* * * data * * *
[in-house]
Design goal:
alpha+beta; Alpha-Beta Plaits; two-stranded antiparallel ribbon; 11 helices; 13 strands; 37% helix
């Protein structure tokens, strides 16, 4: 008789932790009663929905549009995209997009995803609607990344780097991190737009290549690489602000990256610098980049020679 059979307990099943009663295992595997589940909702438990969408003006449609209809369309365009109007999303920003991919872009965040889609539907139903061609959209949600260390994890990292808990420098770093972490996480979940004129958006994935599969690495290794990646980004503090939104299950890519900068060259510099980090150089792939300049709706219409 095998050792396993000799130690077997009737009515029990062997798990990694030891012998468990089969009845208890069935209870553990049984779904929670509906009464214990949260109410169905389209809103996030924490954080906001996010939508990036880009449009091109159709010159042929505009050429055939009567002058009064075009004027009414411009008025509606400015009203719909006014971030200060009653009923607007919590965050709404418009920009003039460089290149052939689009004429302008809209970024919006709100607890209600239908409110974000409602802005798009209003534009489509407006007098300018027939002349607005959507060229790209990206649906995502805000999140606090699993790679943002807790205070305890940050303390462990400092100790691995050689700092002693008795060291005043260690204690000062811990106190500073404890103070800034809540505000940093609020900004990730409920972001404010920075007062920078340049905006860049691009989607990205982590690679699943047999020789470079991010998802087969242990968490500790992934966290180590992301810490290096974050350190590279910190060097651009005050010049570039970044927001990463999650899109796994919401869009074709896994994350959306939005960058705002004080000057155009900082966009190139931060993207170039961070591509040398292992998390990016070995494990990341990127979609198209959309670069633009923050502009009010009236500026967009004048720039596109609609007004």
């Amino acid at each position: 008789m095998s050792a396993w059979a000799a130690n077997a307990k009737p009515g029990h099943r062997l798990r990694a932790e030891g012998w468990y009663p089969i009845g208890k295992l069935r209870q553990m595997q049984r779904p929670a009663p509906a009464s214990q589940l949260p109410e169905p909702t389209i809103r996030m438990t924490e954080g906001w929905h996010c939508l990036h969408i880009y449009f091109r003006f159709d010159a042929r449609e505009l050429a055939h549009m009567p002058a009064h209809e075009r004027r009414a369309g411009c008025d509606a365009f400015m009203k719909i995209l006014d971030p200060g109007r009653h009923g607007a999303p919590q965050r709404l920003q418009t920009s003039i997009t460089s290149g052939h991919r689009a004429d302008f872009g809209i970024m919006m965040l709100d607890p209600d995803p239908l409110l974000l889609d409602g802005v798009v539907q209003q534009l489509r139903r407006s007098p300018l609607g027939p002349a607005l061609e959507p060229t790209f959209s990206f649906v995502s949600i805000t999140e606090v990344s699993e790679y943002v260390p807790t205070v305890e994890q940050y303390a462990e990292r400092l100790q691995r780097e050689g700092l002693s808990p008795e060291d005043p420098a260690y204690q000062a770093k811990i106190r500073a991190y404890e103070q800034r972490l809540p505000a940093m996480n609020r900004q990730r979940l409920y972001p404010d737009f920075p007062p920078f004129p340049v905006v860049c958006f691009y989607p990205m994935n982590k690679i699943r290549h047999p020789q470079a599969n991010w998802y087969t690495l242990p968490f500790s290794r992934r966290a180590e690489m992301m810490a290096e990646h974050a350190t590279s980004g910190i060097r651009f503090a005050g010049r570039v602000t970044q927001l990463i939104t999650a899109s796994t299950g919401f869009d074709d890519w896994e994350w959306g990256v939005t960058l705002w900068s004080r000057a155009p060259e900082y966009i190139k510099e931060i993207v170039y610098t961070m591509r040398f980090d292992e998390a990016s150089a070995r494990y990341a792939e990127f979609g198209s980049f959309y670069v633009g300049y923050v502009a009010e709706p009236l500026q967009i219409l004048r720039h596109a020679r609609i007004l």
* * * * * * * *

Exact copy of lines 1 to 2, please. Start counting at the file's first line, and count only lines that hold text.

[in-house]
Design goal: